The strategy genre has come a long way in the last twenty years, steadily evolving from the rather austere icon-based games of yore to the rapid, real time battles we enjoy today. And while Japan’s Herzog Zwei is popularly cited as a prime influence on the creation of Dune II, the progenitor of Command & Conquer, the UK’s own Julian Gollop was a genuine pioneer in the arcade strategy genre.

His turn-based tactical games, from Chaos on the ZX Spectrum to UFO: Enemy Unknown on the PC, were colourful, fast-paced and, above all, addictive. Graphically crude by modern standards, Gollop’s work still possesses a strategic depth and design finesse that stands up today – Chaos and Rebelstar are among the only games from the Spectrum era that I still play on a regular basis – and a 21st century compilation could reintroduce these classics to a whole new audience.

PC Engine classics

When NEC released the PC Engine to a 1987 market dominated by Nintendo and (to a lesser extent) Sega, the diminutive console garnered a great deal of attention thanks to its near-arcade perfect conversion of legendary blaster R-Type. In the NES era of blocky, drab colours and huge cartridges, the PC Engine – with its sharp rainbow of colours and tiny, credit card sized media – seemed to come from some distant future. But despite its initial success in Japan – and modest support in Europe and America – NEC lacked the cash and marketing clout of its competitors and by 1993 the PC Engine was discontinued.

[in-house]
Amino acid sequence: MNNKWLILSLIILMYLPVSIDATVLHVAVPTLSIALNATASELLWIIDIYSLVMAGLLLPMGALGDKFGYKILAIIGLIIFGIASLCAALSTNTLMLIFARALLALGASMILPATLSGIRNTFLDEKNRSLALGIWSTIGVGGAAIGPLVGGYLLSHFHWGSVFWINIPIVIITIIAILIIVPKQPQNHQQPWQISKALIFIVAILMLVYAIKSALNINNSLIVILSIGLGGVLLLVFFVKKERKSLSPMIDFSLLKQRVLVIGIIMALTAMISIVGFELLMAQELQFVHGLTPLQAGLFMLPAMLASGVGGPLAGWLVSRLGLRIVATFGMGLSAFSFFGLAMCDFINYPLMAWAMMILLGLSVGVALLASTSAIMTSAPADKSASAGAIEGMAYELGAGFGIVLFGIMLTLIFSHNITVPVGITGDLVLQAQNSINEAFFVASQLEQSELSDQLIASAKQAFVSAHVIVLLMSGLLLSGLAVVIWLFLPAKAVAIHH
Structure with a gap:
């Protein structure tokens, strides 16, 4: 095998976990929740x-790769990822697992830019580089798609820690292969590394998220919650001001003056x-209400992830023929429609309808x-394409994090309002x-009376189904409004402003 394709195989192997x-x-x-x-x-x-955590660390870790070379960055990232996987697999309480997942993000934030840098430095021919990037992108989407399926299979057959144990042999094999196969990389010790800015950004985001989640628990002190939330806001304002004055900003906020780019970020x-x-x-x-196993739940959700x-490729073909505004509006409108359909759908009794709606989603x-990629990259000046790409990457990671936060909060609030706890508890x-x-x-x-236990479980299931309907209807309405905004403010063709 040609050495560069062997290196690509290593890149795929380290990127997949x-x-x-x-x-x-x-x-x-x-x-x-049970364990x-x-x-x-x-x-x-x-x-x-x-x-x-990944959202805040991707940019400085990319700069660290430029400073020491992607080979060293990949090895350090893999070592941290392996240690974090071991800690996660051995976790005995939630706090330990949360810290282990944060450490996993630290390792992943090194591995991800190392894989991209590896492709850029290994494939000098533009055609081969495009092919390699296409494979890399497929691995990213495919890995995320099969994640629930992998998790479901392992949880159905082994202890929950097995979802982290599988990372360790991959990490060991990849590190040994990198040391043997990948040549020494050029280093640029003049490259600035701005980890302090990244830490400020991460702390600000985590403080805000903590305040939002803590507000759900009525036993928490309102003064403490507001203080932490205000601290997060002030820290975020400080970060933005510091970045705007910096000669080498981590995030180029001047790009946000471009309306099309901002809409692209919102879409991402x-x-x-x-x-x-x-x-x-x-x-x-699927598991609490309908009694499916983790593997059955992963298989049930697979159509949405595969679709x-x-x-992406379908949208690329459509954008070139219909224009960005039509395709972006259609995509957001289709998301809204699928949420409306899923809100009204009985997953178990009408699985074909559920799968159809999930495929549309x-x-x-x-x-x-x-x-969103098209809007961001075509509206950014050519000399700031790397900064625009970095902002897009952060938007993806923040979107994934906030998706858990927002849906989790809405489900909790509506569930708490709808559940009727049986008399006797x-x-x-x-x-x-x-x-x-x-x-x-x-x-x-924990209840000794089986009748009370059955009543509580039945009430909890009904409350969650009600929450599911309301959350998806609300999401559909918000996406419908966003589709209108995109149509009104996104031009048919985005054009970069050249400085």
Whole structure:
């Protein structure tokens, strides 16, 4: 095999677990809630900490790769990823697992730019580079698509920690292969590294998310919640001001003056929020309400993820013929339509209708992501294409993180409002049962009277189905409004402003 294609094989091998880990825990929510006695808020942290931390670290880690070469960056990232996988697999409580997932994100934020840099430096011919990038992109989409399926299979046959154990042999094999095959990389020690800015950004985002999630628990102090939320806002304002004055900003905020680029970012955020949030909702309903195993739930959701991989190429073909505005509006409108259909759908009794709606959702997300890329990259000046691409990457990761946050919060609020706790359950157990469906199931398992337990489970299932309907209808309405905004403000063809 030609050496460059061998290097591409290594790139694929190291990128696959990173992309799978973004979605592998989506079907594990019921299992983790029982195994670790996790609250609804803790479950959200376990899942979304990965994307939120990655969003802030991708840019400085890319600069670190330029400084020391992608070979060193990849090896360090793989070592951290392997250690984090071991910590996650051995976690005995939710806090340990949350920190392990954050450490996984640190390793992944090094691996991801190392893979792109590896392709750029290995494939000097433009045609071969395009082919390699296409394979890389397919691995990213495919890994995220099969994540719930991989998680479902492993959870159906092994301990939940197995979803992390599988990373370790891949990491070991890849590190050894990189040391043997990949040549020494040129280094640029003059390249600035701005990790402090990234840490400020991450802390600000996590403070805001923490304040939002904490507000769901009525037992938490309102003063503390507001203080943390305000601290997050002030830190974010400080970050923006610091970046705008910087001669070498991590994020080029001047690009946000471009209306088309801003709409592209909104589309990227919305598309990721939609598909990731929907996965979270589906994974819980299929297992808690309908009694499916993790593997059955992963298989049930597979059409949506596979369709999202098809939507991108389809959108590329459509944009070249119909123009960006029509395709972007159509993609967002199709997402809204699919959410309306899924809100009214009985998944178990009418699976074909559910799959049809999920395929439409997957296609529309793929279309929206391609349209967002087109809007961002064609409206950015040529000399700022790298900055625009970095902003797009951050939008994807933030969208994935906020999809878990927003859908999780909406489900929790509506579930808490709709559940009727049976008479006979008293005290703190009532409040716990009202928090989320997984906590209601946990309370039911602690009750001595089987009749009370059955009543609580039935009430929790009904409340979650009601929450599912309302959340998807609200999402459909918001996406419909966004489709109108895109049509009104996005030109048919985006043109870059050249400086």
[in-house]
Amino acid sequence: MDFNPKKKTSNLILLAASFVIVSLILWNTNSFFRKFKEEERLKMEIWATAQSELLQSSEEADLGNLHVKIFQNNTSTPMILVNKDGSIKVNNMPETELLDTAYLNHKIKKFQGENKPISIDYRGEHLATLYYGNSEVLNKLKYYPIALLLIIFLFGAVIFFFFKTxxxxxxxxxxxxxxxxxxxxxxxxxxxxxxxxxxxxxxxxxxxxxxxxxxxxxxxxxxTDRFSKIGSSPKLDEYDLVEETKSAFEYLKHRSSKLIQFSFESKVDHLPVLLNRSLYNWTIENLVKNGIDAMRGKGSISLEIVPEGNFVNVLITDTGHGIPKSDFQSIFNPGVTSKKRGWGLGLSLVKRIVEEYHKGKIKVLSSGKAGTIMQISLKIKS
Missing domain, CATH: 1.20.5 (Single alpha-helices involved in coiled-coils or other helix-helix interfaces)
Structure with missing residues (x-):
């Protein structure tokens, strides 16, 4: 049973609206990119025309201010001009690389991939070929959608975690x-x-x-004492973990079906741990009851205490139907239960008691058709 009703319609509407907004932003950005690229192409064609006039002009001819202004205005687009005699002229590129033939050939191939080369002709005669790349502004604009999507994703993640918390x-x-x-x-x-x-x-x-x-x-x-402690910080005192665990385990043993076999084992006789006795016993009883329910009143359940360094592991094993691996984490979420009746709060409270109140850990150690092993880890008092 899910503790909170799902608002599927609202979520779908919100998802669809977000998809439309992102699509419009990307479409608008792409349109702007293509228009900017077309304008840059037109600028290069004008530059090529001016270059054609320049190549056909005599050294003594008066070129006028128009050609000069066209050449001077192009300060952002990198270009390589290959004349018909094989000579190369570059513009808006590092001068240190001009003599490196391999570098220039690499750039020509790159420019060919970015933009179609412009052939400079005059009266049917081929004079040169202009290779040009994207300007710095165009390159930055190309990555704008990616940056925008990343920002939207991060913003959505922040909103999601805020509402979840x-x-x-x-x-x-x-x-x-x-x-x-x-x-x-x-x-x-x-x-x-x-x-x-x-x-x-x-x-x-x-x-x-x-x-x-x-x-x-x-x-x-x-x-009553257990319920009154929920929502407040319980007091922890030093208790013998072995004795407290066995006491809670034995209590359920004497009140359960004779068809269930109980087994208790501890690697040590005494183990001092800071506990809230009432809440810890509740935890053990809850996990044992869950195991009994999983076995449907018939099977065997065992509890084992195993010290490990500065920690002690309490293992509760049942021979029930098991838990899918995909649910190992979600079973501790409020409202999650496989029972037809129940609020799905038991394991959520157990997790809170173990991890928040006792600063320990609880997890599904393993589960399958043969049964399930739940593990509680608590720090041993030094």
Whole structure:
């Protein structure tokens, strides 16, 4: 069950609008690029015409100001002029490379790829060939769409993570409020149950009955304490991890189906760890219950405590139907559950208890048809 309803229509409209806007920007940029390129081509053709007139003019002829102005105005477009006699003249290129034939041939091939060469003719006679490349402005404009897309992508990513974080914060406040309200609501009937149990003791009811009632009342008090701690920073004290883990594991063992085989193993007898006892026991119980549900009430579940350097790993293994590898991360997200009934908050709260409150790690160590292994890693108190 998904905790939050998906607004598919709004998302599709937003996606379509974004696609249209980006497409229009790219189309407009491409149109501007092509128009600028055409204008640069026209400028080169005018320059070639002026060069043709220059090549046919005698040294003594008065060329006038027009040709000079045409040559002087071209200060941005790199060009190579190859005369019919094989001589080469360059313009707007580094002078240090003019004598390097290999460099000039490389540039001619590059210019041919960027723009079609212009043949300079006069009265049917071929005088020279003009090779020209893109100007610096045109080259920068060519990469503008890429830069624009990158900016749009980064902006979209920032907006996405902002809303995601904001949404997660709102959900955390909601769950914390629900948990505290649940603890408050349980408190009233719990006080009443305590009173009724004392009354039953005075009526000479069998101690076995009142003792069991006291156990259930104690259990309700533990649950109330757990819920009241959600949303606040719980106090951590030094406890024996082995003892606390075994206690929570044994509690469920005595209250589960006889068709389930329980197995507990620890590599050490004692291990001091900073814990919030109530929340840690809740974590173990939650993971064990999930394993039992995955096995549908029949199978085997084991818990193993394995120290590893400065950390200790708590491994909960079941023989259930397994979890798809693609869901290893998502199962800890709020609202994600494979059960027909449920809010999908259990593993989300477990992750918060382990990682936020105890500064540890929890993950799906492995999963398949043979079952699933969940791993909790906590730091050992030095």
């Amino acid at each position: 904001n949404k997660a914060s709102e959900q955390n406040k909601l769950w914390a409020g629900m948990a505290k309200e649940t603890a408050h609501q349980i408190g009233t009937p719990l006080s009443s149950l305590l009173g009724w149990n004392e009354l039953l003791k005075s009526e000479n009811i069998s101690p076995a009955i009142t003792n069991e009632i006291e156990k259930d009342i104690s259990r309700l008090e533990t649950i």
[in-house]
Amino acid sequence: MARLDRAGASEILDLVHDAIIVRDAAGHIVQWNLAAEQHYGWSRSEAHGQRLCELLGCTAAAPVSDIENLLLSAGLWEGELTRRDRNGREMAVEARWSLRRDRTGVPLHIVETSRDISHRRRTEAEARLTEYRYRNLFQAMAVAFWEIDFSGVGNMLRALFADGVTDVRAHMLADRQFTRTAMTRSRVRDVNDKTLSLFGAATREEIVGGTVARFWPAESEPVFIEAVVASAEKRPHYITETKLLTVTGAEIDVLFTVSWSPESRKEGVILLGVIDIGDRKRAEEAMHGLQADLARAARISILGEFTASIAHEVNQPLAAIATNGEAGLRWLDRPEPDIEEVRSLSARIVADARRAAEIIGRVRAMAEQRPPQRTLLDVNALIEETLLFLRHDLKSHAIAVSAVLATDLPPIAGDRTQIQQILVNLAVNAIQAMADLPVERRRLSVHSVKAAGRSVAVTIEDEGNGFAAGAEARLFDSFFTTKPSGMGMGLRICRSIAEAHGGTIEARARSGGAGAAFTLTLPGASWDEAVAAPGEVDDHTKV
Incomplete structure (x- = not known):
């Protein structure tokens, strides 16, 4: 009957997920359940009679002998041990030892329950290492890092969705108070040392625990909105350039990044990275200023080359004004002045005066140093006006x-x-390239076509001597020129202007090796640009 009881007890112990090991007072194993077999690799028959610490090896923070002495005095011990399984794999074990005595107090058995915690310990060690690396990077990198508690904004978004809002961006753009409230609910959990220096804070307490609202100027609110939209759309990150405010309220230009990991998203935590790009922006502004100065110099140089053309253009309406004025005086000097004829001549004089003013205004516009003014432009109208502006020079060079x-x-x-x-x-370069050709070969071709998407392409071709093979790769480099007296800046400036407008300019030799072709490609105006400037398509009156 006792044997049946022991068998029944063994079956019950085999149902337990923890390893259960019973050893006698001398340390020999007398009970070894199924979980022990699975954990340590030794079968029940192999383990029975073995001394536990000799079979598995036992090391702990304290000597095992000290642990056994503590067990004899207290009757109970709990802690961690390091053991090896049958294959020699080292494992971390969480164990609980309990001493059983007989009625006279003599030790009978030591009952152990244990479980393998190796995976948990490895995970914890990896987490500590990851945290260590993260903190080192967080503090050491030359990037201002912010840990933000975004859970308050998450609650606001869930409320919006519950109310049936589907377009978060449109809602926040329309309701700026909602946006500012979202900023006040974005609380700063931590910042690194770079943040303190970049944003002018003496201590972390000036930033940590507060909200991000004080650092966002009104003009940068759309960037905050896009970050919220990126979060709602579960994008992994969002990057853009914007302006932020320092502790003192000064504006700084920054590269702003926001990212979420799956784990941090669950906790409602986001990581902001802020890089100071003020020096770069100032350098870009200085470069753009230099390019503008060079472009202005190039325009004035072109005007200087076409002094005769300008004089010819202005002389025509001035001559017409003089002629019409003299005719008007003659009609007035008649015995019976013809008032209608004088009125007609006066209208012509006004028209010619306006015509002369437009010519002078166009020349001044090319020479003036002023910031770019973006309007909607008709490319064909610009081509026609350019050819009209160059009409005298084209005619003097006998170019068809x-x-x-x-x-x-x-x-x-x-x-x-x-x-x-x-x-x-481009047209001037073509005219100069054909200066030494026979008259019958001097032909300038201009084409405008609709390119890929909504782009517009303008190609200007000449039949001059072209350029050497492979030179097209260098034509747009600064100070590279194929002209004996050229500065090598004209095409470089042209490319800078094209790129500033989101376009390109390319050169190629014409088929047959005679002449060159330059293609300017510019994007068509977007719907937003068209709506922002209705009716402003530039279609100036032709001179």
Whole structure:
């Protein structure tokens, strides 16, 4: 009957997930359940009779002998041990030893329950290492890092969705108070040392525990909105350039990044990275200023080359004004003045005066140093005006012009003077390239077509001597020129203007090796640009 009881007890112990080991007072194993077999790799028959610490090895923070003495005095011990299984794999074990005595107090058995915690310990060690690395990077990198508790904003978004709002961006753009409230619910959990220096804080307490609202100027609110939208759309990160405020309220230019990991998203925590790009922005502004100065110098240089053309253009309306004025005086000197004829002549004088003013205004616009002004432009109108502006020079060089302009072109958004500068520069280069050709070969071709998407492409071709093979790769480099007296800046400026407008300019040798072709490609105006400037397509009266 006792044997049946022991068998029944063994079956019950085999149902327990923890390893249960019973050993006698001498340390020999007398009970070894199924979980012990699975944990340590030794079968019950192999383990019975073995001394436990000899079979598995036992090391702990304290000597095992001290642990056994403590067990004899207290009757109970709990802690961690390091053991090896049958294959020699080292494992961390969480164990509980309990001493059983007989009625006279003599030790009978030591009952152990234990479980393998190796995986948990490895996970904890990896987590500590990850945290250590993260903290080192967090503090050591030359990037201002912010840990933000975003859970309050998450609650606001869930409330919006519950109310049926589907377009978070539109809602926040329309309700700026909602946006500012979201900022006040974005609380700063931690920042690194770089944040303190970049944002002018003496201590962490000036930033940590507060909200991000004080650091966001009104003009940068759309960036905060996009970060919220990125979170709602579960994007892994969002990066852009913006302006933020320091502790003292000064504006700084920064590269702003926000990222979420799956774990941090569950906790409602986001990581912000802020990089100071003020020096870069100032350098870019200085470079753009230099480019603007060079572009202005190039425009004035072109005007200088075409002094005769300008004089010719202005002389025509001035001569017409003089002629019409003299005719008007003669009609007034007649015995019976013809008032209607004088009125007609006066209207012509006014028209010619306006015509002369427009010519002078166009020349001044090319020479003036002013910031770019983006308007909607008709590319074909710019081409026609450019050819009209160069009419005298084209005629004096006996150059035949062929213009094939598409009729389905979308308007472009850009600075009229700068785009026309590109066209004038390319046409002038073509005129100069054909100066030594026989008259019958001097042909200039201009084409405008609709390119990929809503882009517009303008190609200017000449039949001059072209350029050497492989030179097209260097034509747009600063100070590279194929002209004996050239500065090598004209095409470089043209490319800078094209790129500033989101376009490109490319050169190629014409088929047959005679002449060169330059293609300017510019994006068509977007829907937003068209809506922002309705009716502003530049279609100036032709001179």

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Some sixteen years on, the Engine’s revered status among collectors puts the system and its excellent library of games beyond the reach of all but the most solvent and dedicated gamers – a shame, as there are dozens of titles that deserved to be played by anyone with thumbs, from Compile’s classic shooter Gunhed to the prehistoric platformer PC Kid (AKA Bonk’s Adventure) via Super Star Soldier and Parasol Stars, the Engine exclusive sequel to Bubble Bobble and Rainbow Islands.

A definitive Yu Suzuki collection

Without a doubt, Sega’s success in the cutthroat world of the eighties coin-op market is almost entirely thanks to the talent and imagination of Yu Suzuki, a man who took the possibilities of the arcade cabinet to new heights with games such as Space Harrier, Outrun and Afterburner, while simultaneously pushing the possibilities of the era’s technology to the limit with lightning fast, sprite-based pseudo 3D.

Dreamcast collectors may know that there’s already been a Yu Suzuki compilation – a Japan-only release that bundled together five of his earliest works – but to overlook his equally important later games would be criminal. His Virtua Fighter series brought the beat-‘em-up genre kicking and screaming into the polygon age, while the stunningly ambitious Shenmue dyad created a sandbox world of crime and depressing manual labour a full two years before Grand Theft Auto III.

A comprehensive Yu Suzuki collection would be a fitting tribute to a designer who, along with Shigeru Miyamoto, helped define the way we play games.

Ryan writes his gaming column every week at Den Of Geek. Last week’s is here.